Use the Western press to create a fake

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This move is often used to strengthen the truthfulness or authority of any given message. Nevertheless, among such news there is a huge amount of fictional claims from marginal websites, which ought to be examined. For example, Russian news outlet Vzglyad (Eng: View), which calls itself a “business newspaper”, wrote that the USA refused to accept the bodies of 13 CIA agents, allegedly killed in Ukraine. With this, the publication references a western website by the pretty title of “The European Union Times”. If we visit this site, we will discover that the link gets redirected to another site: WhatDoesItMean.com, a very famous and quite a marginal resource; it regularly publishes creations of a fictional character by the name of Sorcha Faal.

Having researched this writer, we discover that he regularly informs readers of “civil war” in USA; of the flight of major USA corporations to Russia due to fears of Obama; and so on. Furthermore, we can establish that The European Union Times is affiliated with WhatDoesItMean.com, and is accused of “insane propaganda of idiocy”.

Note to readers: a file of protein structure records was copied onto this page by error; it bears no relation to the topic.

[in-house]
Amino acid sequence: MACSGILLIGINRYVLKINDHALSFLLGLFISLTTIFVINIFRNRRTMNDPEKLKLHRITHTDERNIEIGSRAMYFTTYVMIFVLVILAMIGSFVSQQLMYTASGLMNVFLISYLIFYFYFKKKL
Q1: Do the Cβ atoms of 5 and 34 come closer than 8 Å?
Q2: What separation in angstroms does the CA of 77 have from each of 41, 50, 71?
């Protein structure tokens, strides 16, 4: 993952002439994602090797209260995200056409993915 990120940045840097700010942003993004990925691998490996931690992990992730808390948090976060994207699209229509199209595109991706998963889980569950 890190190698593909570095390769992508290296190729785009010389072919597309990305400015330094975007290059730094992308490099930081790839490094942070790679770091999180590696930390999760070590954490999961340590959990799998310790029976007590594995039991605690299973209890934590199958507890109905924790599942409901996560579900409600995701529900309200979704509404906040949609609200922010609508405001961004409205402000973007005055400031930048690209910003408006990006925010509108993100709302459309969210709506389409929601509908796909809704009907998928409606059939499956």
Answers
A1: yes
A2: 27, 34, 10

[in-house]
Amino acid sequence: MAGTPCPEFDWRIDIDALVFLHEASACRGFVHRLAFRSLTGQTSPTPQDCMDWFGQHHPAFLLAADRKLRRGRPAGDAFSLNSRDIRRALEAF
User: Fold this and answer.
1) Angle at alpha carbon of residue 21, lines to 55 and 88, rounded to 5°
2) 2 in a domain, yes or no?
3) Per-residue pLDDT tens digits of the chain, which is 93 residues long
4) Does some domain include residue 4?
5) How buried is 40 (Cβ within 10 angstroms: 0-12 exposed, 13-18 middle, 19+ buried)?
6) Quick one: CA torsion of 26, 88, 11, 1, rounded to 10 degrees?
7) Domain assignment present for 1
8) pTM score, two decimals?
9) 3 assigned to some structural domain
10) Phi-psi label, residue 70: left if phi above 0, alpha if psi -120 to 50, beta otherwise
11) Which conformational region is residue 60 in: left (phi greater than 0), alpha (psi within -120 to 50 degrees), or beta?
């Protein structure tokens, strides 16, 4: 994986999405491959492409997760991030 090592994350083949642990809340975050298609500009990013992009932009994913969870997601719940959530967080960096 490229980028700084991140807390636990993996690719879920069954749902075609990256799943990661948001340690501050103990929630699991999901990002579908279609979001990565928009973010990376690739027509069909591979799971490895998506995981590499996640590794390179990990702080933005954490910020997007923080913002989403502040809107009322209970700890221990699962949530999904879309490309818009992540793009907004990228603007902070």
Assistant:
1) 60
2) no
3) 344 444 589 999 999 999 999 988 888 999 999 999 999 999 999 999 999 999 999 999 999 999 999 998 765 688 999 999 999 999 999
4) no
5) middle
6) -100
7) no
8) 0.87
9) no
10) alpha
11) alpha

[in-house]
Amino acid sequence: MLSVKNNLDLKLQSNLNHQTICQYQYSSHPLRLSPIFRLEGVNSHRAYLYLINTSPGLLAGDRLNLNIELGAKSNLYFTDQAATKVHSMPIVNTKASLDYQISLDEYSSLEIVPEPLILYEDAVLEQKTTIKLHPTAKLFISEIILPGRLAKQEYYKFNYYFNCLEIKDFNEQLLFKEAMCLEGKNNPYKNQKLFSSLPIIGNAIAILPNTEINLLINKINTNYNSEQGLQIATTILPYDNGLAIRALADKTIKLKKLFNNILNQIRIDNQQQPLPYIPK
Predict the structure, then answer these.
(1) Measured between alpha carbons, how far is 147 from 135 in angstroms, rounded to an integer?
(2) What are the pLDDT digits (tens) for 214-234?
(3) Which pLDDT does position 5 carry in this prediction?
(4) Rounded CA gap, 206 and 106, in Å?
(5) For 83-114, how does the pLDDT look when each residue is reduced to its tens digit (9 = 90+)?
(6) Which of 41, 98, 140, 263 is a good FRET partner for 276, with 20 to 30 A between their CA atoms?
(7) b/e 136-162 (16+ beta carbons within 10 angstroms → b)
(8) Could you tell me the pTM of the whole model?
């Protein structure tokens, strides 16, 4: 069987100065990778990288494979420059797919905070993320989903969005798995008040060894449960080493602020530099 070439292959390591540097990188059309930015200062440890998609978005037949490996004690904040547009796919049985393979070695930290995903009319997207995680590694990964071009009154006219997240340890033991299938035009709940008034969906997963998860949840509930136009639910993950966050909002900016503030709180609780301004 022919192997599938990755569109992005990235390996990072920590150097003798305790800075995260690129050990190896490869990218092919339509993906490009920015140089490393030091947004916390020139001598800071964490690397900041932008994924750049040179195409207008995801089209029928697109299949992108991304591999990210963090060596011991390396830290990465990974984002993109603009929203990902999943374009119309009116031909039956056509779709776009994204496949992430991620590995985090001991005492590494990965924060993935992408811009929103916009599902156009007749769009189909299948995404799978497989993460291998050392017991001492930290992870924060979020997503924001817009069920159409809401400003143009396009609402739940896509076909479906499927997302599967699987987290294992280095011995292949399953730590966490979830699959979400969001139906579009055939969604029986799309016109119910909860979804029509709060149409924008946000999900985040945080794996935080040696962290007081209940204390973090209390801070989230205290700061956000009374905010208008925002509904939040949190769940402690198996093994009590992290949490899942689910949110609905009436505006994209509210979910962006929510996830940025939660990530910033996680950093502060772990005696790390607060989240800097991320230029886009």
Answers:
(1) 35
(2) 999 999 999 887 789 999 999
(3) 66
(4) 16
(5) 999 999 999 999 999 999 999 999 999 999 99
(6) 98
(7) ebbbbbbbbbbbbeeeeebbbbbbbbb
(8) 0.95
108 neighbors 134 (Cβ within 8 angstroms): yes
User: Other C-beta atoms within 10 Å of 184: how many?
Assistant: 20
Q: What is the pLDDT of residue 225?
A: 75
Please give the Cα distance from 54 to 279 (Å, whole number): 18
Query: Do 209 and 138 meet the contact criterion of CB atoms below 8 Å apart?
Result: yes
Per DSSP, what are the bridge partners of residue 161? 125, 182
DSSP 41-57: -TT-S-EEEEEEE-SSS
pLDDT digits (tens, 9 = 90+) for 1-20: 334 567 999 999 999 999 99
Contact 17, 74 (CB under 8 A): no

An alternative [tactic] is the twisting of actual news from reputable mass media. For example, a number of websites reported that 27 crew members of the American Navy Destroyer Donald Cook had become frightened, and submitted their resignations (after a Russian Air Force Su-24 interceptor did a fly-by 12 times during the destroyer’s patrol of the Black Sea). A Pentagon representative was referenced: Colonel Steven Warren, who had supposedly given an interview to the Reuters agency. In reality, Warren did indeed speak to the agency, but there was no talk of fright; this can be ascertained by visiting the agency’s website.

Therefore always try to find the source of the news, or the news’ pretext.

But the main condition for identification of a fake is critically thinking about the information you’re presented with. Informational warfare is a very important element of confrontation between countries, so try not to take information on faith, without having been fully convinced of its validity.

Opinii ENG